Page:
AUG 12, 2020 4:41 PM PDT

Is Gluten Becoming More Immunoreactive?

WRITTEN BY: Kara Marker

In recent years, the number of people diagnosed with celiac disease has increased drastically, even with many undiagnosed individuals unaware of their condition. One research group theorized that perhaps, varieties of modern wheat, which contains gluten, might contain more “immunoreactive protein” than older wheat varieties.

Celiac disease is a genetic autoimmune disorder characterized by the lower gastrointestinal tract’s (GI) inability to process gluten. Instead, when an individual with celiac disease consumes food containing gluten, the body launches an immune response as if gluten were a dangerous pathogen. This reaction prevents the GI tract from absorbing important nutrients.

Protein content found in wheat usually constitutes 10 to 12 percent of the crop, with 70 percent being starch. Of the protein content, gluten is In the majority, constituting 75 to 80 percent of the protein content. Researchers from the study considered two groups of gluten: glutenins and gliadins, with the latter likely representing the group to blame for increased autoimmunity.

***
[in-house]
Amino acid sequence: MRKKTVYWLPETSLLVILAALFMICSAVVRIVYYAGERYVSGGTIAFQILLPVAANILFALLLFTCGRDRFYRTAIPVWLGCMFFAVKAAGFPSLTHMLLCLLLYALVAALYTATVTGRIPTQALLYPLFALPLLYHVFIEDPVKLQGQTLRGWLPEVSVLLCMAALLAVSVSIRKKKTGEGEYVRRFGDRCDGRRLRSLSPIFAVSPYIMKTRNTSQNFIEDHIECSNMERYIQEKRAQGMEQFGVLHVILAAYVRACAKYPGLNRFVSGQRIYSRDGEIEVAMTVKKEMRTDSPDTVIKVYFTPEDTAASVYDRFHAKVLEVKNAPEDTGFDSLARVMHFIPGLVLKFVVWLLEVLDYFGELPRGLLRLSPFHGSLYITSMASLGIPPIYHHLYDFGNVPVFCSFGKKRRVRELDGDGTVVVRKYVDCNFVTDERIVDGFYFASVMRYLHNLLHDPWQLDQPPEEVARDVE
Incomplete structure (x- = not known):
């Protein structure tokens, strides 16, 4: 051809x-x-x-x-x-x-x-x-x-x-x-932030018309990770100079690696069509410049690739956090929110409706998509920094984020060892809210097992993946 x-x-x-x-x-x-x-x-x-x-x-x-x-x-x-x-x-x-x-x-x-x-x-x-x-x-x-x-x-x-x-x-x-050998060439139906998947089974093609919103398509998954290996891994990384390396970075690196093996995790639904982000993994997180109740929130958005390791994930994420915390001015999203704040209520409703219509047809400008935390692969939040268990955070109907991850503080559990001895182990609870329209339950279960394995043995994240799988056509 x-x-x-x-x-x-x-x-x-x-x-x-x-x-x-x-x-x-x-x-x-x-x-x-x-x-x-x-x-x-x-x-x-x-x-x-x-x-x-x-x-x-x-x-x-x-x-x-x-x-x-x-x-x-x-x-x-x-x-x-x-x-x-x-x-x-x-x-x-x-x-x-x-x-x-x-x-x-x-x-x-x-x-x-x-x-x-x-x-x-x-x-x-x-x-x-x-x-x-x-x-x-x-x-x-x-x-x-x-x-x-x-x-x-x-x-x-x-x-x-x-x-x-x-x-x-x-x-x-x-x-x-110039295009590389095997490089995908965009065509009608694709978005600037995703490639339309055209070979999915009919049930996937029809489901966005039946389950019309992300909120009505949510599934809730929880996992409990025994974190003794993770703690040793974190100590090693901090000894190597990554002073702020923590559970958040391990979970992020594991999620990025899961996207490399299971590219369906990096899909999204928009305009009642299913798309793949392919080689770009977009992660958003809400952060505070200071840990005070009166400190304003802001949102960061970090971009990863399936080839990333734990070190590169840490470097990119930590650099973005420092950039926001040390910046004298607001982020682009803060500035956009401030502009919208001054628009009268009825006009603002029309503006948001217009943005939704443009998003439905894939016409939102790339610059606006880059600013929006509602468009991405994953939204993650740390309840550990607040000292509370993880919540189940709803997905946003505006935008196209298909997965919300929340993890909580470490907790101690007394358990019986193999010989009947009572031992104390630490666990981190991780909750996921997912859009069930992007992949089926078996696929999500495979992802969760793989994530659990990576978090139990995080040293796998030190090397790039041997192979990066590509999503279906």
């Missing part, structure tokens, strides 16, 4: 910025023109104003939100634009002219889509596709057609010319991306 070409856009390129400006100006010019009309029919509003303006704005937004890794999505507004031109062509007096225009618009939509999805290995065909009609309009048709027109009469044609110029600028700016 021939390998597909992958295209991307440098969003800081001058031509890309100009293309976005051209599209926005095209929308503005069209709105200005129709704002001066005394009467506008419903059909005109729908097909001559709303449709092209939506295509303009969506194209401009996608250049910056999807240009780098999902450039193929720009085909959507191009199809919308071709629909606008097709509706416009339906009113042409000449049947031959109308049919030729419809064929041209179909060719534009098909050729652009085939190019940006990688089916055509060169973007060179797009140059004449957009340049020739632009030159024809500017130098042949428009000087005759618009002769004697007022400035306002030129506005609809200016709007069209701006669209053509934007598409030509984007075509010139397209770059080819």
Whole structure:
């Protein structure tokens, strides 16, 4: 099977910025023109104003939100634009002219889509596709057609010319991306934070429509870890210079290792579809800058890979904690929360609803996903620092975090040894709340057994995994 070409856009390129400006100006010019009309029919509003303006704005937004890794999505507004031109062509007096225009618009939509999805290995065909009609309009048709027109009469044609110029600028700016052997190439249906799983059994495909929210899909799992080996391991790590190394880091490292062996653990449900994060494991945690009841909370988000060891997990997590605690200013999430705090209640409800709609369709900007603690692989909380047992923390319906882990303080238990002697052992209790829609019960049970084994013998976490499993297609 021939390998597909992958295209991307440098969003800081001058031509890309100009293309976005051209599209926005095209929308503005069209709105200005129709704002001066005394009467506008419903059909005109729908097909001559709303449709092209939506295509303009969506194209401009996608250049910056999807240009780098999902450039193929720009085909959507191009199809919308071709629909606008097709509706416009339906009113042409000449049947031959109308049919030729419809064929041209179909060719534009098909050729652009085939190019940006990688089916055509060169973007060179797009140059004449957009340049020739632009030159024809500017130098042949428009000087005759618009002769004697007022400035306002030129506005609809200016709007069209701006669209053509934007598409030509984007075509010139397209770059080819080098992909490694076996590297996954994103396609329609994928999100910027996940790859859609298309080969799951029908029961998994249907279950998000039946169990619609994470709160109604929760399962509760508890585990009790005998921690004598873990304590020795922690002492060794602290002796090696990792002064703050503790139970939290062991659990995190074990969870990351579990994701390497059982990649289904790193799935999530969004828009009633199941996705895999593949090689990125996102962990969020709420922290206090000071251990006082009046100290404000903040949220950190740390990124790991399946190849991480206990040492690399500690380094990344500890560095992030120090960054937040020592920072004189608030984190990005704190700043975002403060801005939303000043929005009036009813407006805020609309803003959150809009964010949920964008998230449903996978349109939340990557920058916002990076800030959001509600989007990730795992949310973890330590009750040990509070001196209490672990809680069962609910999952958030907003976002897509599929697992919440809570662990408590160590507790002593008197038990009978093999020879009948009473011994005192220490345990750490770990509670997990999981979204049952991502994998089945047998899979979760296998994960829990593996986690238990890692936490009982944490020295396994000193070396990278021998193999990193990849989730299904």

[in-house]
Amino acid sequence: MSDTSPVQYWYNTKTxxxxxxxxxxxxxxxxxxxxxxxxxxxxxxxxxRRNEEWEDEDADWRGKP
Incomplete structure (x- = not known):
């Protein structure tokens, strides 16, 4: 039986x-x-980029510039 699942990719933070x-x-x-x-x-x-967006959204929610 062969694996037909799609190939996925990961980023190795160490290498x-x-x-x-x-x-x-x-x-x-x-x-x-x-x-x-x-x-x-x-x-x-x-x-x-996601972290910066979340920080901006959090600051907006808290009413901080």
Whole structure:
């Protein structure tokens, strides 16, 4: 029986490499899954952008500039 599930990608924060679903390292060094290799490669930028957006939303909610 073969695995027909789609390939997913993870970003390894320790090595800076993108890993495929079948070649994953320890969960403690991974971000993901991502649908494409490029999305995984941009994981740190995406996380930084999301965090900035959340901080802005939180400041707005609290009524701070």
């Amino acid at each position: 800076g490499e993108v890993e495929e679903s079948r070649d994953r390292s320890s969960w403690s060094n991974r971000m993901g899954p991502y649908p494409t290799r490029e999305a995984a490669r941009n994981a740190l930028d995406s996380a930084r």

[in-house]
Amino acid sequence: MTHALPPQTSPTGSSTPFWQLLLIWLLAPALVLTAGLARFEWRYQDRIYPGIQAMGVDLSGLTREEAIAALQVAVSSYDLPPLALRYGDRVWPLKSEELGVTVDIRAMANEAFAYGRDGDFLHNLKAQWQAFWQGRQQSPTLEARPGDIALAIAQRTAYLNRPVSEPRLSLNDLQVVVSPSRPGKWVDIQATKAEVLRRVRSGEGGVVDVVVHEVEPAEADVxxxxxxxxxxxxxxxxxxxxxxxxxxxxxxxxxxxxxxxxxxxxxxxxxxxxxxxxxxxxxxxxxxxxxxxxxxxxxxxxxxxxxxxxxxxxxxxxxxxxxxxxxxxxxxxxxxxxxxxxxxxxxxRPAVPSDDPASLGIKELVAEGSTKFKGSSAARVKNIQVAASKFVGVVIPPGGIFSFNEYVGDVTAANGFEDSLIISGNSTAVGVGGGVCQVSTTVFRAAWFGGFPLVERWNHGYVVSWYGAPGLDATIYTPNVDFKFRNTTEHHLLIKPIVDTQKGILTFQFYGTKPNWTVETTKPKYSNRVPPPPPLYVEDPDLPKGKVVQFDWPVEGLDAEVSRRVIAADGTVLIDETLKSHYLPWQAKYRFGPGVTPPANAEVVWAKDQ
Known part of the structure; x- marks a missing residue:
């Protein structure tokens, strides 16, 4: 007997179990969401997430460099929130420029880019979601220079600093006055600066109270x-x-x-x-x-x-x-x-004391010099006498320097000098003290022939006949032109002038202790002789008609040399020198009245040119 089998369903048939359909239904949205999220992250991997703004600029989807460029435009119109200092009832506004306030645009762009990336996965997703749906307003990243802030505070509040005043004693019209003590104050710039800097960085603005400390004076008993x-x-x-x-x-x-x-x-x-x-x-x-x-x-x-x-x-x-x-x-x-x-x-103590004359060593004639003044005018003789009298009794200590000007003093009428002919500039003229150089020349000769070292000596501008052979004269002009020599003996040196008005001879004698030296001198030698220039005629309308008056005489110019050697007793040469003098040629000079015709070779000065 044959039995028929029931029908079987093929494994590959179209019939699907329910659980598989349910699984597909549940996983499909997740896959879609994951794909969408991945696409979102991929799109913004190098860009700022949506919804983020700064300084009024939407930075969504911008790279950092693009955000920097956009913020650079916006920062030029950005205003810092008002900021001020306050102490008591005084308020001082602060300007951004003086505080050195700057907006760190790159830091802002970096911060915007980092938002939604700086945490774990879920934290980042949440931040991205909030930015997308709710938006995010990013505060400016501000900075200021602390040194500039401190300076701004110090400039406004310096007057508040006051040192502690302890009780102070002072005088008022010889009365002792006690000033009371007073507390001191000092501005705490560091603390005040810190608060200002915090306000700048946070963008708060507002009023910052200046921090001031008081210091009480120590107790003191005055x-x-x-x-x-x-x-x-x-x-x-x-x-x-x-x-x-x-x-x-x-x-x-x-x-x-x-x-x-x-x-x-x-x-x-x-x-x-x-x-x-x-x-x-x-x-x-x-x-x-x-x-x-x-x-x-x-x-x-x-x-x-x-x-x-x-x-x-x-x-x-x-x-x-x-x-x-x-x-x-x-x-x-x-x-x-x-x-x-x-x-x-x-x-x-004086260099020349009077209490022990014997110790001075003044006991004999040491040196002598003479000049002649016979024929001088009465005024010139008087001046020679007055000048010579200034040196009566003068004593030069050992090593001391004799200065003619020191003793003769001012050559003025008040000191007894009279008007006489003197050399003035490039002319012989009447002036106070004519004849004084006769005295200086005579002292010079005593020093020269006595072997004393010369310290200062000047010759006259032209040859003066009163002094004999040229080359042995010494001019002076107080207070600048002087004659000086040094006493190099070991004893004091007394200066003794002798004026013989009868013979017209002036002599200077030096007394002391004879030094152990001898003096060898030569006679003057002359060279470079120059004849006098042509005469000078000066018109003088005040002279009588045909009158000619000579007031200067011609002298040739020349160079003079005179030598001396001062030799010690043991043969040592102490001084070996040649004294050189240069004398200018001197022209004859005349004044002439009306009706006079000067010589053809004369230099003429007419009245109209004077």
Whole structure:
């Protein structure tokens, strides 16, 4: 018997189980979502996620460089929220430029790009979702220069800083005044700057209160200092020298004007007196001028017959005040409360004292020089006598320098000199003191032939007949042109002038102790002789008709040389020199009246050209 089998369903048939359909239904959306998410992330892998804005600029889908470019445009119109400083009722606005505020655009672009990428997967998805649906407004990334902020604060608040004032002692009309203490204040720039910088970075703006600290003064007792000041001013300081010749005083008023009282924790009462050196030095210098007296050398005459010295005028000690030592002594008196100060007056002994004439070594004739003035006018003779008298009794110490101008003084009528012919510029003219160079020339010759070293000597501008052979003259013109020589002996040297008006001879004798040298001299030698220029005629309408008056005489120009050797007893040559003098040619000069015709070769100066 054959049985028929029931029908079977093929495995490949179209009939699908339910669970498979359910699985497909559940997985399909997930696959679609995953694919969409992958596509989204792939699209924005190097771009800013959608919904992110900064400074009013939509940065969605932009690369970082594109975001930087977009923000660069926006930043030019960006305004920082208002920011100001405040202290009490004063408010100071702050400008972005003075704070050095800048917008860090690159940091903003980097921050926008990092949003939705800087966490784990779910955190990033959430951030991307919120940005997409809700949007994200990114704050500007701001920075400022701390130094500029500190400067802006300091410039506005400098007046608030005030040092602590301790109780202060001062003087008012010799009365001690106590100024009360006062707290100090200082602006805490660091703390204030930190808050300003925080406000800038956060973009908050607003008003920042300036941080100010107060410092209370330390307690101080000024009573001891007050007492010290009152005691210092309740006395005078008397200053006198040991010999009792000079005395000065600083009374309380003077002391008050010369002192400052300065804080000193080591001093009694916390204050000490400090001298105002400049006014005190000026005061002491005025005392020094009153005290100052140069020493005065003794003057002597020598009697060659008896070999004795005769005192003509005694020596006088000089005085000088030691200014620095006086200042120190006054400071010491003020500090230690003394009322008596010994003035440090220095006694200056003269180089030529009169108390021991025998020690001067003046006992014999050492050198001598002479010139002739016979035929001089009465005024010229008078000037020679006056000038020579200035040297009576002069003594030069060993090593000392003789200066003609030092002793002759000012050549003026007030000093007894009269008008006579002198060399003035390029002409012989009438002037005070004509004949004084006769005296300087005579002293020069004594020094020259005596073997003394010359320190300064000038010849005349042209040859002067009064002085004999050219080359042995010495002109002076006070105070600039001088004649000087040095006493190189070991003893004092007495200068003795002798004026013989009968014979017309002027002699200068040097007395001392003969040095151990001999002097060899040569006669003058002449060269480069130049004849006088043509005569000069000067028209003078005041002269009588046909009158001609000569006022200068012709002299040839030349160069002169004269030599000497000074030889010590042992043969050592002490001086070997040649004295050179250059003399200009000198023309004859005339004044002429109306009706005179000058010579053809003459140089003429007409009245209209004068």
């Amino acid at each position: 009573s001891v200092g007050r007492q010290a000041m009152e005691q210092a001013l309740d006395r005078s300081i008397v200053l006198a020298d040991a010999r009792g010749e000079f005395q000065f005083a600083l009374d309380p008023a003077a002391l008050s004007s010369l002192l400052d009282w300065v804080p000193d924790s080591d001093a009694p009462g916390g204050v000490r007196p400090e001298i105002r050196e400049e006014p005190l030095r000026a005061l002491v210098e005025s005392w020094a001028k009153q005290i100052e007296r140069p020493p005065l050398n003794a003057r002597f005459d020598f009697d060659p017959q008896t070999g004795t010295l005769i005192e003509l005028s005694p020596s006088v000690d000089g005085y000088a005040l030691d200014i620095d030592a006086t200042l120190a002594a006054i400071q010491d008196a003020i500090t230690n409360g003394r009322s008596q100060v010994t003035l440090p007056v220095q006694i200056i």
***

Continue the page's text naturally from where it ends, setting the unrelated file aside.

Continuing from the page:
Researchers analyzed the protein content of 60 varieties of wheat known to exist between 1891 and 2010. Of the 60 varieties, five were selected in each decade as the most common variety. Each variety under study was cultivated each year between 2015 and 2016, controlling for geography and climate.

They found that while protein content in the generational wheat varieties slightly decreased over the years, gluten levels have stayed the same. What they did see changing with gluten, though, was its composition. Gliadin levels fell by 18 percent, and glutenin levels rose by 25 percent. Additionally, the higher the precipitation, the higher the gluten levels.

Ultimately, while researchers observed changes in intra-gluten content, there was no indication of increased immunoreactive potential of wheat varieties over the years. However, other protein components other than gluten have yet to be studied for their chronological change in immunoreactive potential.

Sources: Leibniz-Institute for Food Systems Biology at the Technical University of Munich and the Leibniz Institute of Plant Genetics and Crop Plant Research, The University of Chicago Medicine Celiac Disease Center, Journal of Agricultural and Food Chemistry

About the Author
  • I am a scientific journalist and enthusiast, especially in the realm of biomedicine. I am passionate about conveying the truth in scientific phenomena and subsequently improving health and public awareness. Sometimes scientific research needs a translator to effectively communicate the scientific jargon present in significant findings. I plan to be that translating communicator, and I hope to decrease the spread of misrepresented scientific phenomena! Check out my science blog: ScienceKara.com.
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